The events of 1989/90 offered writers the opportunity not just to comment on the unfolding unification process, but also to review the previous structures that had lasted since 1949 and, only slightly previously, had seemed set in stone. The result was something that became known as the Deutsch–deutscher Literaturstreit (the Intra–German literature quarrel),even though the argument was not principally about literature, but rather politics, and the two sides were not simply East and West Germans. At least the bone of contention was clear: attitudes to the GDR, as adopted by writers and intellectuals in both German states.

      The...

    • 8: New Views on the Past
      (pp. 164-179)

      Attitudes to Germany’s Nazi past have been a recurring theme throughout this volume, with reference being made, for example, to the immediate postwar debates around the comments by Thomas Mann about German literature written during the Third Reich, to concerns about “restoration” in the early years of the Federal Republic, and to the worries about democracy at the time of the Grand Coalition when for the first time a former member of the Nazi party became federal chancellor. The overall consensus, at least among writers and intellectuals, was that during the first decades of the existence of the Federal Republic...

    • 9: A Swing to the Right?
      (pp. 180-194)

      Criticisms of the Federal Republic’s leftist intellectuals, who are alleged to have had a detrimental stranglehold on the discourse of the public sphere, have been referred to frequently in the course of this volume — in particular, those criticisms made in the 1970s against the background of Red Army Faction terrorism. A similarly intensive period of criticism has followed unification. This time, however, the emphasis has been less on the dangers to democracy posed by strident political ideology than on the problems caused by a failure to face up to the real political issues of the day — specifically, those...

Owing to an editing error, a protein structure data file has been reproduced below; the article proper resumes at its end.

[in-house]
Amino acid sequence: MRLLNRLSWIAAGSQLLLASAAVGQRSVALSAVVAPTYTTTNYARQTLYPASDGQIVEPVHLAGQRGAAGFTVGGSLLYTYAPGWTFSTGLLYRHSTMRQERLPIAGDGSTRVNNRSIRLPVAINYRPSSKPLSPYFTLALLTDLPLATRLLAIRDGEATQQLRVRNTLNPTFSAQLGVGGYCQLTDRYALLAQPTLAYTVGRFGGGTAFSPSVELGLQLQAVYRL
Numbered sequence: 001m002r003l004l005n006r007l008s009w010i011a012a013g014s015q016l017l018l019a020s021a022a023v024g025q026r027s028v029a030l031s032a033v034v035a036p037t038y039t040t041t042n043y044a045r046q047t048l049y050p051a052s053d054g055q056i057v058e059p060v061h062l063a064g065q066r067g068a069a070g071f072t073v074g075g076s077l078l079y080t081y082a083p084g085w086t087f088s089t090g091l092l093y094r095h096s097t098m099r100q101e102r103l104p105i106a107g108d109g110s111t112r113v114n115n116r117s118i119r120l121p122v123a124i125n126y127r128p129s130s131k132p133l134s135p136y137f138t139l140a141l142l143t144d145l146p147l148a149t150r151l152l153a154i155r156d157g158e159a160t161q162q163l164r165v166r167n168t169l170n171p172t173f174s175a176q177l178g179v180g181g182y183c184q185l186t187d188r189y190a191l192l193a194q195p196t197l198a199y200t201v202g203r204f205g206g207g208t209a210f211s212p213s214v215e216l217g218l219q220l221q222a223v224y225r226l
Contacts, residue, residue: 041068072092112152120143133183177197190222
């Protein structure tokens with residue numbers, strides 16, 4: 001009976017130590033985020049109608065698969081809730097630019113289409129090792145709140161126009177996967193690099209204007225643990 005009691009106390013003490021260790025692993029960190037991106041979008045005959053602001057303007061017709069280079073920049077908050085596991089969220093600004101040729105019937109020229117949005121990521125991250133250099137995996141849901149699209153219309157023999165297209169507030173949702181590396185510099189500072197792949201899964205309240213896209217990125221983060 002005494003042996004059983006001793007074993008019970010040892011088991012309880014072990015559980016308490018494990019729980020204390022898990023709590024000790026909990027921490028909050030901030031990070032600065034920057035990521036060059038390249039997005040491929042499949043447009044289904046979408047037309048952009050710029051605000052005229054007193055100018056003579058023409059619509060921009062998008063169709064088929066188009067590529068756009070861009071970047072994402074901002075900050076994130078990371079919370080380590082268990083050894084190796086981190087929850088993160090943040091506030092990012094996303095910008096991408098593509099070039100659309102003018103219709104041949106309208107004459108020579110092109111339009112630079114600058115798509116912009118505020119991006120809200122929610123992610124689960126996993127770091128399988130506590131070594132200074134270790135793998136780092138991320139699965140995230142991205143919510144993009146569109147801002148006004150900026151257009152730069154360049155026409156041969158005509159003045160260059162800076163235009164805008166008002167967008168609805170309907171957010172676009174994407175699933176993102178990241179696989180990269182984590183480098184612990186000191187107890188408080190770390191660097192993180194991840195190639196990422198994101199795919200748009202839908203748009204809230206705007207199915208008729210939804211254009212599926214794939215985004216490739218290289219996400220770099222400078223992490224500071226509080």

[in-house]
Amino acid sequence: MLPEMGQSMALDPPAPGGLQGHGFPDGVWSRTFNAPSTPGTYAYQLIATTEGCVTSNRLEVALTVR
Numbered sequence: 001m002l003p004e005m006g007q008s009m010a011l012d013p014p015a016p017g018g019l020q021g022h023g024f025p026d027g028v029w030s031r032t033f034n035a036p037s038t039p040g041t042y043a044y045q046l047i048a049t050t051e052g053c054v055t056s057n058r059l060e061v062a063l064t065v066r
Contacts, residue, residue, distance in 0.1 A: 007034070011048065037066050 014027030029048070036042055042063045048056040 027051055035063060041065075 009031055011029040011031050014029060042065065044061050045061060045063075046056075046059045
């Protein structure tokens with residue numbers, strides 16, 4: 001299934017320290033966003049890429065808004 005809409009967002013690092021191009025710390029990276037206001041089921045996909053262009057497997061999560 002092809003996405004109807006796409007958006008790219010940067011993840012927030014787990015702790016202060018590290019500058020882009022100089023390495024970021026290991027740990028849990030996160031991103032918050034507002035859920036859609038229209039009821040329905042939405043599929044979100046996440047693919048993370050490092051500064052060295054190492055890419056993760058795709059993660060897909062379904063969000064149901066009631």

8. Conclusion
    (pp. 195-202)

    During all the discussion in the previous chapters on the political activities of writers, the question of how to judge their efforts has remained largely unresolved. One obvious reason for this is that it is difficult to provide a simple answer. Any attempt to determine whether they were right or wrong is likely to carry a subjective element, even if some issues — the need to fight any resurgence of Nazi ideology and the obligation to oppose terrorist violence, for example — do seem clear cut. Equally, any judgment based on success seems simplistic in that it runs the risk...

  9. Works Cited
    (pp. 203-228)
  10. Index
    (pp. 229-239)
  11. Back Matter
    (pp. 240-240)